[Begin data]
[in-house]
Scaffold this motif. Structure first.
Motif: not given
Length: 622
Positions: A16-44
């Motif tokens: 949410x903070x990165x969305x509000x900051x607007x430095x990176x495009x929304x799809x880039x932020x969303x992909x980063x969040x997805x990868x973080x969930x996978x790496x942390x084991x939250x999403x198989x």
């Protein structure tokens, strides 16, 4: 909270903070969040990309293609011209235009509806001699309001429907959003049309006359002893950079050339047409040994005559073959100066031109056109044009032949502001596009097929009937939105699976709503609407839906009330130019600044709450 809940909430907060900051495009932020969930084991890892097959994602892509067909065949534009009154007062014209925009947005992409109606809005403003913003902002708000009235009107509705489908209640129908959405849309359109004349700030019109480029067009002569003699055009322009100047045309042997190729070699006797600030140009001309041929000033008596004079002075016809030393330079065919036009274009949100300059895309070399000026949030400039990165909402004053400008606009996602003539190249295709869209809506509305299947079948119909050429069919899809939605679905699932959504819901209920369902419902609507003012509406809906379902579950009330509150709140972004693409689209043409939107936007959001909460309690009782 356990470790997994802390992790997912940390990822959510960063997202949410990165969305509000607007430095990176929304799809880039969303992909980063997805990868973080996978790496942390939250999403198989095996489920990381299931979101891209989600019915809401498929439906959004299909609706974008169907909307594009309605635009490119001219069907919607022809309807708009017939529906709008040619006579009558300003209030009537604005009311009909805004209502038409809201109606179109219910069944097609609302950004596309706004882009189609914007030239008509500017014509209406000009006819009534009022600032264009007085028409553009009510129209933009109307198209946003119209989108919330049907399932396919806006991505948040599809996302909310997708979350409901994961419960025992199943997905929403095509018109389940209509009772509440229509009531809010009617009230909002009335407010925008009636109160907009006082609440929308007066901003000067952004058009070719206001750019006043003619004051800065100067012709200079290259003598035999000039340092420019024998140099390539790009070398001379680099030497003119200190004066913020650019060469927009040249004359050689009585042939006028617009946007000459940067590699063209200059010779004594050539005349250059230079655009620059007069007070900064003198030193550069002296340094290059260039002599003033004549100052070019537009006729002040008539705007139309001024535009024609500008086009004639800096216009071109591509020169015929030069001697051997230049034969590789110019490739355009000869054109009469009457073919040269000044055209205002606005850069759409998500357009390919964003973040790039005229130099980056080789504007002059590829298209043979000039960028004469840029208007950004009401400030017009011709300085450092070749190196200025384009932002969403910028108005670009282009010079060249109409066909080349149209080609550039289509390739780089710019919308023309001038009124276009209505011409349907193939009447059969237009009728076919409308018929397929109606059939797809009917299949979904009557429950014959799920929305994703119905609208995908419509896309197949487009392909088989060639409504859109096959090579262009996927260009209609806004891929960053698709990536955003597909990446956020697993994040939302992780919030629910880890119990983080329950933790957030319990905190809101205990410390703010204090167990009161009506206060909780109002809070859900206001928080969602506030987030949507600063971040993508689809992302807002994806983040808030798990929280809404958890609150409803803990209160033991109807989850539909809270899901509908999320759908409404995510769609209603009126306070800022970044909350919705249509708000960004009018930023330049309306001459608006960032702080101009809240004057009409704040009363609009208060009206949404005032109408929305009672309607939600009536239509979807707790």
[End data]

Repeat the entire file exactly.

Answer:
[in-house]
Scaffold this motif. Structure first.
Motif: not given
Length: 622
Positions: A16-44
């Motif tokens: 949410x903070x990165x969305x509000x900051x607007x430095x990176x495009x929304x799809x880039x932020x969303x992909x980063x969040x997805x990868x973080x969930x996978x790496x942390x084991x939250x999403x198989x």
């Protein structure tokens, strides 16, 4: 909270903070969040990309293609011209235009509806001699309001429907959003049309006359002893950079050339047409040994005559073959100066031109056109044009032949502001596009097929009937939105699976709503609407839906009330130019600044709450 809940909430907060900051495009932020969930084991890892097959994602892509067909065949534009009154007062014209925009947005992409109606809005403003913003902002708000009235009107509705489908209640129908959405849309359109004349700030019109480029067009002569003699055009322009100047045309042997190729070699006797600030140009001309041929000033008596004079002075016809030393330079065919036009274009949100300059895309070399000026949030400039990165909402004053400008606009996602003539190249295709869209809506509305299947079948119909050429069919899809939605679905699932959504819901209920369902419902609507003012509406809906379902579950009330509150709140972004693409689209043409939107936007959001909460309690009782 356990470790997994802390992790997912940390990822959510960063997202949410990165969305509000607007430095990176929304799809880039969303992909980063997805990868973080996978790496942390939250999403198989095996489920990381299931979101891209989600019915809401498929439906959004299909609706974008169907909307594009309605635009490119001219069907919607022809309807708009017939529906709008040619006579009558300003209030009537604005009311009909805004209502038409809201109606179109219910069944097609609302950004596309706004882009189609914007030239008509500017014509209406000009006819009534009022600032264009007085028409553009009510129209933009109307198209946003119209989108919330049907399932396919806006991505948040599809996302909310997708979350409901994961419960025992199943997905929403095509018109389940209509009772509440229509009531809010009617009230909002009335407010925008009636109160907009006082609440929308007066901003000067952004058009070719206001750019006043003619004051800065100067012709200079290259003598035999000039340092420019024998140099390539790009070398001379680099030497003119200190004066913020650019060469927009040249004359050689009585042939006028617009946007000459940067590699063209200059010779004594050539005349250059230079655009620059007069007070900064003198030193550069002296340094290059260039002599003033004549100052070019537009006729002040008539705007139309001024535009024609500008086009004639800096216009071109591509020169015929030069001697051997230049034969590789110019490739355009000869054109009469009457073919040269000044055209205002606005850069759409998500357009390919964003973040790039005229130099980056080789504007002059590829298209043979000039960028004469840029208007950004009401400030017009011709300085450092070749190196200025384009932002969403910028108005670009282009010079060249109409066909080349149209080609550039289509390739780089710019919308023309001038009124276009209505011409349907193939009447059969237009009728076919409308018929397929109606059939797809009917299949979904009557429950014959799920929305994703119905609208995908419509896309197949487009392909088989060639409504859109096959090579262009996927260009209609806004891929960053698709990536955003597909990446956020697993994040939302992780919030629910880890119990983080329950933790957030319990905190809101205990410390703010204090167990009161009506206060909780109002809070859900206001928080969602506030987030949507600063971040993508689809992302807002994806983040808030798990929280809404958890609150409803803990209160033991109807989850539909809270899901509908999320759908409404995510769609209603009126306070800022970044909350919705249509708000960004009018930023330049309306001459608006960032702080101009809240004057009409704040009363609009208060009206949404005032109408929305009672309607939600009536239509979807707790």